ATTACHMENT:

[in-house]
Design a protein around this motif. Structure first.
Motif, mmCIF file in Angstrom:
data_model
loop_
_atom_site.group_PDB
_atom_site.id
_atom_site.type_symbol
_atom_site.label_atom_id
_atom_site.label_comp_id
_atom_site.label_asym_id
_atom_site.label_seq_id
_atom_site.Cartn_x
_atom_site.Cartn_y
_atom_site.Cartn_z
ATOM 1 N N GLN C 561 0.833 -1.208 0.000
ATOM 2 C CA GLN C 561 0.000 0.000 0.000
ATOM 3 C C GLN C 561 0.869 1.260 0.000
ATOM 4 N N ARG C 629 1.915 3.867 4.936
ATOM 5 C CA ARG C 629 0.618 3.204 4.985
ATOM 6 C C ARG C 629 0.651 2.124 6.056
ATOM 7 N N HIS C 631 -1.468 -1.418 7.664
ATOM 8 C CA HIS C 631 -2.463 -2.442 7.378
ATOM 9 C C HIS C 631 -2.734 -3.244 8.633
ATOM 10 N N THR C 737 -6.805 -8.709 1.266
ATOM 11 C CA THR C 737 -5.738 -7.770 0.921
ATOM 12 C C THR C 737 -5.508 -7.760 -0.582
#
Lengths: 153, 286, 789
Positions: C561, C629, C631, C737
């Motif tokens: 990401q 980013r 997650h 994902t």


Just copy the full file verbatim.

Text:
[in-house]
Design a protein around this motif. Structure first.
Motif, mmCIF file in Angstrom:
data_model
loop_
_atom_site.group_PDB
_atom_site.id
_atom_site.type_symbol
_atom_site.label_atom_id
_atom_site.label_comp_id
_atom_site.label_asym_id
_atom_site.label_seq_id
_atom_site.Cartn_x
_atom_site.Cartn_y
_atom_site.Cartn_z
ATOM 1 N N GLN C 561 0.833 -1.208 0.000
ATOM 2 C CA GLN C 561 0.000 0.000 0.000
ATOM 3 C C GLN C 561 0.869 1.260 0.000
ATOM 4 N N ARG C 629 1.915 3.867 4.936
ATOM 5 C CA ARG C 629 0.618 3.204 4.985
ATOM 6 C C ARG C 629 0.651 2.124 6.056
ATOM 7 N N HIS C 631 -1.468 -1.418 7.664
ATOM 8 C CA HIS C 631 -2.463 -2.442 7.378
ATOM 9 C C HIS C 631 -2.734 -3.244 8.633
ATOM 10 N N THR C 737 -6.805 -8.709 1.266
ATOM 11 C CA THR C 737 -5.738 -7.770 0.921
ATOM 12 C C THR C 737 -5.508 -7.760 -0.582
#
Lengths: 153, 286, 789
Positions: C561, C629, C631, C737
């Motif tokens: 990401q 980013r 997650h 994902t």